• Self-TalkIs


  • When it is time for testing, you may try to fool others, but you cant fool yourself. Either you are ready, or you are not. No amount of self-talk will help if you are unprepared.

  • Points To Look For Or Remember When Taking A Test!

  • If you see a response that you anticipated, circle it and then check to be sure that none of the other responses is better. (If you are not allowed to write on the test booklet, use the same process on scratch paper.)

  • Funny responses are usually wrong.

    All of the above is often a correct response. If you can verify that more than one of the other responses is probably correct, then choose all of the above.

  • None of the above is usually an incorrect response, but this is less reliable than the all of the above rule. Be very careful not to be trapped by double negatives.

  • Look for verbal associations. A response that repeats key words that are in the stem is likely to be correct.

    Do not hesitate to ask for clarification during a test in the classroom if you feel that a question could be interpreted in more than one way.

  • Read very slowly, running a pencil under the words as you read to avoid mistakes. Re-read the stem when necessary.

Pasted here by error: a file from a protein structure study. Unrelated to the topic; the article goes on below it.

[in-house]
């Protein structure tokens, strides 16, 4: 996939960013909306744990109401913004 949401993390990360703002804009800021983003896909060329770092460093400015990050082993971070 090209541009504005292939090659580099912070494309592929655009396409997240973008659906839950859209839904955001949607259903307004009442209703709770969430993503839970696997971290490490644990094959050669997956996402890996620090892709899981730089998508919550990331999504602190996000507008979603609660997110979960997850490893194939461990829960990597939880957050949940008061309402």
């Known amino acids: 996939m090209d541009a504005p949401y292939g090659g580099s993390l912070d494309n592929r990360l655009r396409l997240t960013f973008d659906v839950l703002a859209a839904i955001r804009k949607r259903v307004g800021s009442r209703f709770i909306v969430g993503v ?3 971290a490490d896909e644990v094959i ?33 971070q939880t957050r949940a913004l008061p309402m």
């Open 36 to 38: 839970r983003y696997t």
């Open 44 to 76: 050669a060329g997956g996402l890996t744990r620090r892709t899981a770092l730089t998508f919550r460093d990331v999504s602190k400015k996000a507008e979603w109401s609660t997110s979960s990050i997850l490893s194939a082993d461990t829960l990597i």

Look for key words in the stem which you can relate to key words in the choice.

  • Watch for absolutes such as all, none, always, never, only. Circle these words (if allowed to write on testing material) and realize that they usually indicate a false choice, unless you recall the teacher emphasizing an absolute statement during class (e.g., all cells are ___).

  • Change an answer only when you have a concrete reason. Never change an answer because of a feeling. This feeling is often simply nervousness. Your gut feeling should have led you to pick the new answer the first time around. DO NOT confuse the two different feelings.

  • Survey the test completely and read directions carefully.

    Always read all the choices, even when the first and second choice looks correct.

    Think of multiple choice as a series of true/false statements.

  • Paraphrase the stem by saying to yourself, I see, Im looking for

    You may want to anticipate the answer and then look for it.

  • Re-read stems containing negative words (not, except, etc.). To avoid careless errors with these confusing questions, mark each option with a T or F and remind yourself that you are looking for a false statement (usually you are looking for a true statement).


  • The End